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Molar pregnancy

Hydatidiform Mole

A molar pregnancy (hydatidiform mole) is when a mass of tissue grows inside your womb (uterus) that will not develop into a baby. It is the result of abnormal conception. It may cause bleeding or severe vomiting in early pregnancy and is usually picked up in an early pregnancy ultrasound scan. It needs to be removed and most women can expect a full recovery.

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What is a molar pregnancy?

Is a molar pregnancy a tumor?

A molar pregnancy is a growing mass of tissue inside the womb (uterus) that will not develop into a baby. It happens due to a problem with conception, when an egg becomes fertilised by sperm.

Types of molar pregnancy

There are two types of molar pregnancy: a complete molar pregnancy or partial.

Complete molar pregnancy

A complete molar pregnancy happens when an egg with missing DNA is fertilised by one or two sperm cells. So, the fertilised cell only contains chromosomes from the father, and none from the mother.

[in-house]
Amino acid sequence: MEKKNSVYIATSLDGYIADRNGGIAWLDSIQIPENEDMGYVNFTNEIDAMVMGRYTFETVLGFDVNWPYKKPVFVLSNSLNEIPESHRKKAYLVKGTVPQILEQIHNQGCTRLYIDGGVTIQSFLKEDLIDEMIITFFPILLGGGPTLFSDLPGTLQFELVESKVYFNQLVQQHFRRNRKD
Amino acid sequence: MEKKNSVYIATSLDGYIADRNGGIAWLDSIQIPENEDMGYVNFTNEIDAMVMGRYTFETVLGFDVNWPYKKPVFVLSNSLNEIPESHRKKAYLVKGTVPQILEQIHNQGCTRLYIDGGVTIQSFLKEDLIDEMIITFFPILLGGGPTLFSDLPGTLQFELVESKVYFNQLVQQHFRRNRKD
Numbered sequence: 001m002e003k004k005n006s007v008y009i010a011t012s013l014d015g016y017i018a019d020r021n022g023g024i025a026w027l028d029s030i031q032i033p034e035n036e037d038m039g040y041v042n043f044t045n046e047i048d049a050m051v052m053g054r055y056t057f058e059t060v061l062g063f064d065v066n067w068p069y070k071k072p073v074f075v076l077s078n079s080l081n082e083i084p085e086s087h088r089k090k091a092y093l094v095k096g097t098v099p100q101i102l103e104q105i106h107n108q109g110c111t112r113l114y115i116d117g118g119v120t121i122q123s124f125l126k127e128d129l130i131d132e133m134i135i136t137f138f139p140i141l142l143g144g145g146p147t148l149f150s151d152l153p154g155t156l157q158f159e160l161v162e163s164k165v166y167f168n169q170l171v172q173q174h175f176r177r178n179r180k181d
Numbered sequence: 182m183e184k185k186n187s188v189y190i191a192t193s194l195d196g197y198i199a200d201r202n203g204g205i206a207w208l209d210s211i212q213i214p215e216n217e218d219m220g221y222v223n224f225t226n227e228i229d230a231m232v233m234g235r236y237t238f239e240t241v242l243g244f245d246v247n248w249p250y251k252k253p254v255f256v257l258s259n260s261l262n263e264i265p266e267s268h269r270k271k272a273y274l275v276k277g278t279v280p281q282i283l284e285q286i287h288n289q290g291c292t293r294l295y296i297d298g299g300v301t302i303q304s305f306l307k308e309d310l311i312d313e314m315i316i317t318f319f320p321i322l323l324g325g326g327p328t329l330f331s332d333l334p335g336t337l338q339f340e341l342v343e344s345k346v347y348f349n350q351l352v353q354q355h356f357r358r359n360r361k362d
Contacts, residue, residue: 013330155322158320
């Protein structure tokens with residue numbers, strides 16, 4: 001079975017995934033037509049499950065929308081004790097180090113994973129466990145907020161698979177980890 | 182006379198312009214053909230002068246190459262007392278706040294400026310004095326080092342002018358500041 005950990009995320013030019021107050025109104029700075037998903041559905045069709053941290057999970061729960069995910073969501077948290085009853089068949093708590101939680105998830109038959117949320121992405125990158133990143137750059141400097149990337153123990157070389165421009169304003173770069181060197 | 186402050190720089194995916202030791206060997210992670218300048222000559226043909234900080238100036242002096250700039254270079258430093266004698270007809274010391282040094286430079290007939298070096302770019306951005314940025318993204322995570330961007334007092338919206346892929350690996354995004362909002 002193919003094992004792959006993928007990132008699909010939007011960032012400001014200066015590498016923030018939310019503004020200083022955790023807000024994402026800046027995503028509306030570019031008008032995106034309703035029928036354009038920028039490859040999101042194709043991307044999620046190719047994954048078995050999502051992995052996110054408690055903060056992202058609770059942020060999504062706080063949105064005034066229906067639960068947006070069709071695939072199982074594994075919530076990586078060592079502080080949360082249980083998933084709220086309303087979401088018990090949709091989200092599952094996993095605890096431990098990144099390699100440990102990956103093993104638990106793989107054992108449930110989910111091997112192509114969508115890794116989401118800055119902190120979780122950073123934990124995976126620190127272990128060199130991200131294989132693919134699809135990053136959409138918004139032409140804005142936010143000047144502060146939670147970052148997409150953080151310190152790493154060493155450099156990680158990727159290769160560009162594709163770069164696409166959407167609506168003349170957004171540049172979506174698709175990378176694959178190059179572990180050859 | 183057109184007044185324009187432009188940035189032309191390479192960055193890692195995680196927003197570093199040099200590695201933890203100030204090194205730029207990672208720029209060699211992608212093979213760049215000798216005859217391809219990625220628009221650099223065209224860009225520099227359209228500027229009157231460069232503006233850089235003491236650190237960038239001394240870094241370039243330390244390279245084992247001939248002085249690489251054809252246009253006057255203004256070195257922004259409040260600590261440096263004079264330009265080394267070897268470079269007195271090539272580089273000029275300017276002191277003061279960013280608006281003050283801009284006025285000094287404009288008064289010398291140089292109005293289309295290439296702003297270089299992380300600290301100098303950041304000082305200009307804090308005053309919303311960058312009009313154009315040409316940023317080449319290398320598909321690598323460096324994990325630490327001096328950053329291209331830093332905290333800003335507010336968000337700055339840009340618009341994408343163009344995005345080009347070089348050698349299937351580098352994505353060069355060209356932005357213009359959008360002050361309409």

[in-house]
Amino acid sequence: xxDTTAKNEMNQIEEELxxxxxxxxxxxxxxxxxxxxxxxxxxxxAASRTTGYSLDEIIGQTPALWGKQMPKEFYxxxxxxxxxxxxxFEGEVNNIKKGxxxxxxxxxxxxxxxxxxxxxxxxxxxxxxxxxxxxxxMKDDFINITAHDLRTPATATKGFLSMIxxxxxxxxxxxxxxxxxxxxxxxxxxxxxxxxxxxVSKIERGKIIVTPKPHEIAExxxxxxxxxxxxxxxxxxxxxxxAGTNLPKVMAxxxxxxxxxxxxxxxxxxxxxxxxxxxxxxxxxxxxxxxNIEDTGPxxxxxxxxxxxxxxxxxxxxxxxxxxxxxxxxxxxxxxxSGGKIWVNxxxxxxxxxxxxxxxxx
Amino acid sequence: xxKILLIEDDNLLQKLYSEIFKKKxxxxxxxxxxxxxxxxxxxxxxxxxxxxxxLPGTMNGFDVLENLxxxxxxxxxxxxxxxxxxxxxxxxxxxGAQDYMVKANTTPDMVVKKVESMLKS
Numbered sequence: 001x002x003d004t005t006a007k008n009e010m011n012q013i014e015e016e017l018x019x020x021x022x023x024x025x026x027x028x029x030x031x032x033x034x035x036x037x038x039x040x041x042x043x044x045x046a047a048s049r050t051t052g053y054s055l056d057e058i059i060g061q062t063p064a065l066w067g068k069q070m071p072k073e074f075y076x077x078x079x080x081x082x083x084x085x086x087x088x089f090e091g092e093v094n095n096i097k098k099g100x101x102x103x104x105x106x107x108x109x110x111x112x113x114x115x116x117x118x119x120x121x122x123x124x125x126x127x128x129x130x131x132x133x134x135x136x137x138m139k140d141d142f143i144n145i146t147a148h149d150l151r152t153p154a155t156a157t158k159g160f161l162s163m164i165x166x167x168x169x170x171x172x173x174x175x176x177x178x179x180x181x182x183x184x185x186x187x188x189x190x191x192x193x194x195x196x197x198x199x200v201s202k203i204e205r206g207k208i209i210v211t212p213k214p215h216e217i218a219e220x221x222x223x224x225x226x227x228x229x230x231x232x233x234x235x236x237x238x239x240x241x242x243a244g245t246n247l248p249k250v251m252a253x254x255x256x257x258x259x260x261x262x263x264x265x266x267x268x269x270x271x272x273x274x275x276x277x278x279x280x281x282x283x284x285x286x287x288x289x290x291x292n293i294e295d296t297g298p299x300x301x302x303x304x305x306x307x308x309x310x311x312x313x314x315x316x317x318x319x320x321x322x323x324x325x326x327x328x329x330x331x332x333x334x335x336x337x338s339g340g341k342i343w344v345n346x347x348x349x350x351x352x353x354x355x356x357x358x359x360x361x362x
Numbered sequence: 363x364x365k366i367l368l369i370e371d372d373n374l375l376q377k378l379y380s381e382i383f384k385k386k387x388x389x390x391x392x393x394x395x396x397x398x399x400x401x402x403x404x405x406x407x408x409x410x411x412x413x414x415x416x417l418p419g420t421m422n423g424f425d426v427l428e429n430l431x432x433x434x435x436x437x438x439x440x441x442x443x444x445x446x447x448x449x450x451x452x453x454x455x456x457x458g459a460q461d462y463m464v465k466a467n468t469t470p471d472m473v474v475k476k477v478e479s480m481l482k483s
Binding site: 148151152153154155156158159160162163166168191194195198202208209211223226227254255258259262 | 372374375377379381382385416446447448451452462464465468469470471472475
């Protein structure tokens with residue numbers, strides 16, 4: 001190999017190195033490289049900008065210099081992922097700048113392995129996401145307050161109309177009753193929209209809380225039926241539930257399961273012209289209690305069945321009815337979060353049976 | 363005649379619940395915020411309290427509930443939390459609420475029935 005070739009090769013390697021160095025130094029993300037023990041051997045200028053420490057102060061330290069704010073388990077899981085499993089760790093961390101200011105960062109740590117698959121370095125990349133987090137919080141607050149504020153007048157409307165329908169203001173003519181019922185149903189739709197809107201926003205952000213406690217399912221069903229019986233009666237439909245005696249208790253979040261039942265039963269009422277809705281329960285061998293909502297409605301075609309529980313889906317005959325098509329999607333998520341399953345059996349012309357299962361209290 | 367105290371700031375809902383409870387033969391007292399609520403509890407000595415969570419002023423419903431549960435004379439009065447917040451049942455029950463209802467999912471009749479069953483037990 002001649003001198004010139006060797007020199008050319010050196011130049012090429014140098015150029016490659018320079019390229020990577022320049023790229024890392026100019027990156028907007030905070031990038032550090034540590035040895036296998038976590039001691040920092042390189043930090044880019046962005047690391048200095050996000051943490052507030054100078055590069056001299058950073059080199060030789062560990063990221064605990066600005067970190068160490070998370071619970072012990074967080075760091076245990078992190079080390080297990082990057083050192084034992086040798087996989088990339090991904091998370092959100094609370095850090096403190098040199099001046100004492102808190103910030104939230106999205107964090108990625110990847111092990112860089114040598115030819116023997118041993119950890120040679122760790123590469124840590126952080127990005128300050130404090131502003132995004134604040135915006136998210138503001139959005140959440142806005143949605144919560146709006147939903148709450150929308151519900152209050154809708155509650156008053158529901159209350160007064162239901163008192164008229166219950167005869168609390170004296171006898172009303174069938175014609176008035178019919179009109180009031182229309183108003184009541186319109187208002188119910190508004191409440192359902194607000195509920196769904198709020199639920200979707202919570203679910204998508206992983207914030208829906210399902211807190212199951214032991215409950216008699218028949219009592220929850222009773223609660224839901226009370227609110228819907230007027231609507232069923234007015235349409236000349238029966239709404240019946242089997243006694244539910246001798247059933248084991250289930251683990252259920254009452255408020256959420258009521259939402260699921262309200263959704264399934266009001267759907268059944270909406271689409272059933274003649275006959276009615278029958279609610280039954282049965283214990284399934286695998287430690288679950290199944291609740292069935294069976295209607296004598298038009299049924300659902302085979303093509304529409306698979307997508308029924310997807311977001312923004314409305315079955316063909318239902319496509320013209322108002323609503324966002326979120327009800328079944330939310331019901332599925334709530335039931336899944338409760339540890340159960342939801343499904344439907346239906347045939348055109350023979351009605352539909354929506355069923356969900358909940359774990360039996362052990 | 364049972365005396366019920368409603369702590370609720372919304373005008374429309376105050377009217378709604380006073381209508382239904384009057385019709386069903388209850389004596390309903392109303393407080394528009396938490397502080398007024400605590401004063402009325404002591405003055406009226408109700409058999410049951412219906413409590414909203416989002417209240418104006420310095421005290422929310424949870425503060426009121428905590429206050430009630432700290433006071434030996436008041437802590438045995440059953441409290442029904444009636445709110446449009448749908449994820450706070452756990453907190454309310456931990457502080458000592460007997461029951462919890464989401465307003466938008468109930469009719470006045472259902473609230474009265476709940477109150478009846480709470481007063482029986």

In a complete molar pregnancy, there is no fetus. Instead, abnormal placenta grows and forms fluid-filled cysts.

Partial molar pregnancy

A partial molar pregnancy happens when a normal egg is fertilised by two sperm, or one sperm that duplicates itself. This means that the fertilised egg has one set of chromosomes and two from the father.

In a partial molar pregnancy, the fetus may start to grow, but it can't survive the pregnancy. Abnormal placenta cells also grow and can form fluid-filled cysts. It often ends in miscarriage.

Partial and complete hydatidiform moles will not produce a live baby. (They are 'non-viable' pregnancies.) A pregnancy that results in a hydatidiform mole is called a molar pregnancy.